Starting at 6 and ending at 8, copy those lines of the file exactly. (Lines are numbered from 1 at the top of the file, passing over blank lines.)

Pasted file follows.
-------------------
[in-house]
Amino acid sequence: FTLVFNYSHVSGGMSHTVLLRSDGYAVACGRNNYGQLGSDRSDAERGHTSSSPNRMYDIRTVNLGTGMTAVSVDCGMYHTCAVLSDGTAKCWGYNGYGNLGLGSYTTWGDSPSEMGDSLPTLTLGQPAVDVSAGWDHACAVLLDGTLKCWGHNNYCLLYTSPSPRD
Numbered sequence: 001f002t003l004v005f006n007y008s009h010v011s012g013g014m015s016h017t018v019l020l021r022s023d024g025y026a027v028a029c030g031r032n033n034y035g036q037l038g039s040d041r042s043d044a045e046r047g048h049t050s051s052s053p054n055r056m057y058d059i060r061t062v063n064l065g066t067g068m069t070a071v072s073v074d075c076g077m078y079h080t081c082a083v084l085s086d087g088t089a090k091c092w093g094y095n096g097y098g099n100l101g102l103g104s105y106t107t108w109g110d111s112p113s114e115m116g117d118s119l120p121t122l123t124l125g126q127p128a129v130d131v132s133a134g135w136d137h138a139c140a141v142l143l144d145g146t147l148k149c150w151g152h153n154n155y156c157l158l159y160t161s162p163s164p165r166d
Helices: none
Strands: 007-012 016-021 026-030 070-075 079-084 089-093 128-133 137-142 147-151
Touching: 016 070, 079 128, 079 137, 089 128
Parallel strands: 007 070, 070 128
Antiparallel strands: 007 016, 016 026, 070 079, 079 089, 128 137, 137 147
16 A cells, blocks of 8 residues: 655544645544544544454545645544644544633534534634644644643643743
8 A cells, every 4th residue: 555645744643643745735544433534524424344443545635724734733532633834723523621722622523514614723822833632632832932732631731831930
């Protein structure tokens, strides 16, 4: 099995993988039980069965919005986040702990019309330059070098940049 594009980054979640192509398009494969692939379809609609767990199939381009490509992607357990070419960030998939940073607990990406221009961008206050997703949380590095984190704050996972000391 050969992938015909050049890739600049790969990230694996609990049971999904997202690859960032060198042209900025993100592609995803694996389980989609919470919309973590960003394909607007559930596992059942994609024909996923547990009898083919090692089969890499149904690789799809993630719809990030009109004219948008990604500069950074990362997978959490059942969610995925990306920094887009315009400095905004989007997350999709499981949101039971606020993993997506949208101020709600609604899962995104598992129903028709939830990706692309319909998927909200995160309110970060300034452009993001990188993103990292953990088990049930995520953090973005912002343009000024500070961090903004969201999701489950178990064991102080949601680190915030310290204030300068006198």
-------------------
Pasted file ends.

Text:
Touching: 016 070, 079 128, 079 137, 089 128
Parallel strands: 007 070, 070 128
Antiparallel strands: 007 016, 016 026, 070 079, 079 089, 128 137, 137 147